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Bree Taylor, Partner, Fladgate LLP (firstname.lastname@example.org)
Steven Mash, Partner, Fladgate LLP (email@example.com)
The High Court recently ruled, in a landmark case brought by the Serious Fraud Office (SFO), that the Eurasian Natural Resources Corporation (ENRC) must hand over documents generated by an internal investigation by the company, including notes taken by lawyers of interviews with ENRC’s employees.
The SFO’s application was made in the course of its ongoing criminal investigation relating to ENRC’s activities in Kazakhstan and Africa. As part of its investigation, the SFO sought to compel ENRC to produce a range of documents which ENRC claimed were protected by litigation privilege. However, ENRC’s argument failed at the first hurdle.
This decision is likely to have significant consequences for the conduct of corporate internal investigations. It will be harder for corporations to claim litigation privilege over internal documents, even where they have been prepared by lawyers.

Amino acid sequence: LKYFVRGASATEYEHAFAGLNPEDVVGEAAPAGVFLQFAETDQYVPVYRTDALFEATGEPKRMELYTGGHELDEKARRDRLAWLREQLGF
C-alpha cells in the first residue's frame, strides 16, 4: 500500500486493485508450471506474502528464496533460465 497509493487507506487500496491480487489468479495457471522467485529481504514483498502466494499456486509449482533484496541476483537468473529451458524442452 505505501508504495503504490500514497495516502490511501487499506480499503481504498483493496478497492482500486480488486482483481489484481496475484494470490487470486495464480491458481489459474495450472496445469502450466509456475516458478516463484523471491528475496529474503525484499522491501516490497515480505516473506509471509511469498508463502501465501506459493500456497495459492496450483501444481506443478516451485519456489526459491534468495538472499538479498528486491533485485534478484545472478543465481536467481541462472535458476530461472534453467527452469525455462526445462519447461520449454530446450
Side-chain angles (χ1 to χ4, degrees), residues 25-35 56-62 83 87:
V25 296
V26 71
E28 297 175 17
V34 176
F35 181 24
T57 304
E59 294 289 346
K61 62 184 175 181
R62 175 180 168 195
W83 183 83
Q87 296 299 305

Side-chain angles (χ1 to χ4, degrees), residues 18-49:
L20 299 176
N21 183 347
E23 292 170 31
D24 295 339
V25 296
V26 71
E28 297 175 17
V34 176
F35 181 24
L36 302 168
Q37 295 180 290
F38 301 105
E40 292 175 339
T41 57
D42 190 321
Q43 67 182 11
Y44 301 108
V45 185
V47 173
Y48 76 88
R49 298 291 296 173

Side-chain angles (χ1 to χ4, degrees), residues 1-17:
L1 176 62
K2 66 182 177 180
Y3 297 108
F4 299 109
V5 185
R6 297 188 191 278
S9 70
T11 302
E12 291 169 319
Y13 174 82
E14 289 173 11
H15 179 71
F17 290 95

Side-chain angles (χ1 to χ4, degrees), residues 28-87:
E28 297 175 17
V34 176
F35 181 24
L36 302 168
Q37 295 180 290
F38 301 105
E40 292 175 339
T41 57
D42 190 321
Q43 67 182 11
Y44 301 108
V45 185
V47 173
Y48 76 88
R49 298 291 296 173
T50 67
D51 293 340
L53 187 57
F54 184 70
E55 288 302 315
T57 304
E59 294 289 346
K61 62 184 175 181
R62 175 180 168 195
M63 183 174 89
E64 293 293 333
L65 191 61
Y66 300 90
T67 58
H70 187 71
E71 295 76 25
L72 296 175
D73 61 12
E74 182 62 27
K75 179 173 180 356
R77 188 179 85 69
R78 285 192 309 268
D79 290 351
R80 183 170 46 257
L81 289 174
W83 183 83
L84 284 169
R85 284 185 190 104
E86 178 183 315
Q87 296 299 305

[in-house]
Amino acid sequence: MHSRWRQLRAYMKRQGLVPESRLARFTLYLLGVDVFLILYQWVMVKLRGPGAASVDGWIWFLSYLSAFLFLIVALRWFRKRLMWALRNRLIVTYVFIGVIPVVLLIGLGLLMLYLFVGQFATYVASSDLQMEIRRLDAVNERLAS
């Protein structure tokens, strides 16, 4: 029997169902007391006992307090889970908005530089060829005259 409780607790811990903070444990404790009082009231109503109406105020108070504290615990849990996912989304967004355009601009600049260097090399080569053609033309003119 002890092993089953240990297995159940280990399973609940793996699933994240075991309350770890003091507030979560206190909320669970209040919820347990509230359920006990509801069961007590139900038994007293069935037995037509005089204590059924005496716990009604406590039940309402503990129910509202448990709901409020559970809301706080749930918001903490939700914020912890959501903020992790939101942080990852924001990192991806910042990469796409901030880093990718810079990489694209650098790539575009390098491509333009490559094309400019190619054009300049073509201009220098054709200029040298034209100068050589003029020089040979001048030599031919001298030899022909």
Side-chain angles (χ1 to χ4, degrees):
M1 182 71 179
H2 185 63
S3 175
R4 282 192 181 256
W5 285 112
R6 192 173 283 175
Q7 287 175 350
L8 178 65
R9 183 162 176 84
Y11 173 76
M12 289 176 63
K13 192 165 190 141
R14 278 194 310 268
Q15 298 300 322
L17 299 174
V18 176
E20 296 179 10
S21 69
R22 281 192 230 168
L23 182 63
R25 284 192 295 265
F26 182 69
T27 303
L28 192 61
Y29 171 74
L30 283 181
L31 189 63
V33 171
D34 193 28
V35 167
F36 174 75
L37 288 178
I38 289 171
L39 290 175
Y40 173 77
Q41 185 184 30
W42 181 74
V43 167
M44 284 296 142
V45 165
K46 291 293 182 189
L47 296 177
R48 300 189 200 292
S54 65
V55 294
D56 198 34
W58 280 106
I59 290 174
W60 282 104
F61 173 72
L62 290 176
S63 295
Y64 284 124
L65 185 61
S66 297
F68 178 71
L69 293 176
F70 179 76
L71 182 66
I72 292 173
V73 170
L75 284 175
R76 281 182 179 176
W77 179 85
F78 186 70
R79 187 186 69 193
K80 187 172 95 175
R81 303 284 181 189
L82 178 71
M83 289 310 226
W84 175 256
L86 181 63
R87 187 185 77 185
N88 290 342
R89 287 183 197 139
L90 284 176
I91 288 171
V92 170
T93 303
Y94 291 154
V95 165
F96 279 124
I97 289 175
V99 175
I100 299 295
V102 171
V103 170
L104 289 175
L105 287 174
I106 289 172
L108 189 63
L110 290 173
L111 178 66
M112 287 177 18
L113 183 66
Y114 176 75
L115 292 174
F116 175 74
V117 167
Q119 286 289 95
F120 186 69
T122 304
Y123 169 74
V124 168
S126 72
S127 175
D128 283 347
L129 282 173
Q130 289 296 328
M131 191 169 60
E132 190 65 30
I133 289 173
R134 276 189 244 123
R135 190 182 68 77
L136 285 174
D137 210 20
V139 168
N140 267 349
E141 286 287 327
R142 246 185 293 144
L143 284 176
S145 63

The purpose of litigation privilege is to enable someone to prepare for anticipated litigation by protecting from disclosure documents prepared for that purpose. Litigation privilege will apply to communications or documents where the following conditions are satisfied:
This decision follows the recent trend in England towards limiting the ambit of privilege and has made it more difficult for companies conducting internal investigations into possible criminal conduct to be claim litigation privilege over documents produced in the course of that investigation. As a result, companies should be careful when considering an internal investigation and should seek advice from experienced solicitors about how best to plan and execute that investigation.
SFO v Eurasian Natural Resources Corporation  1017 (QB)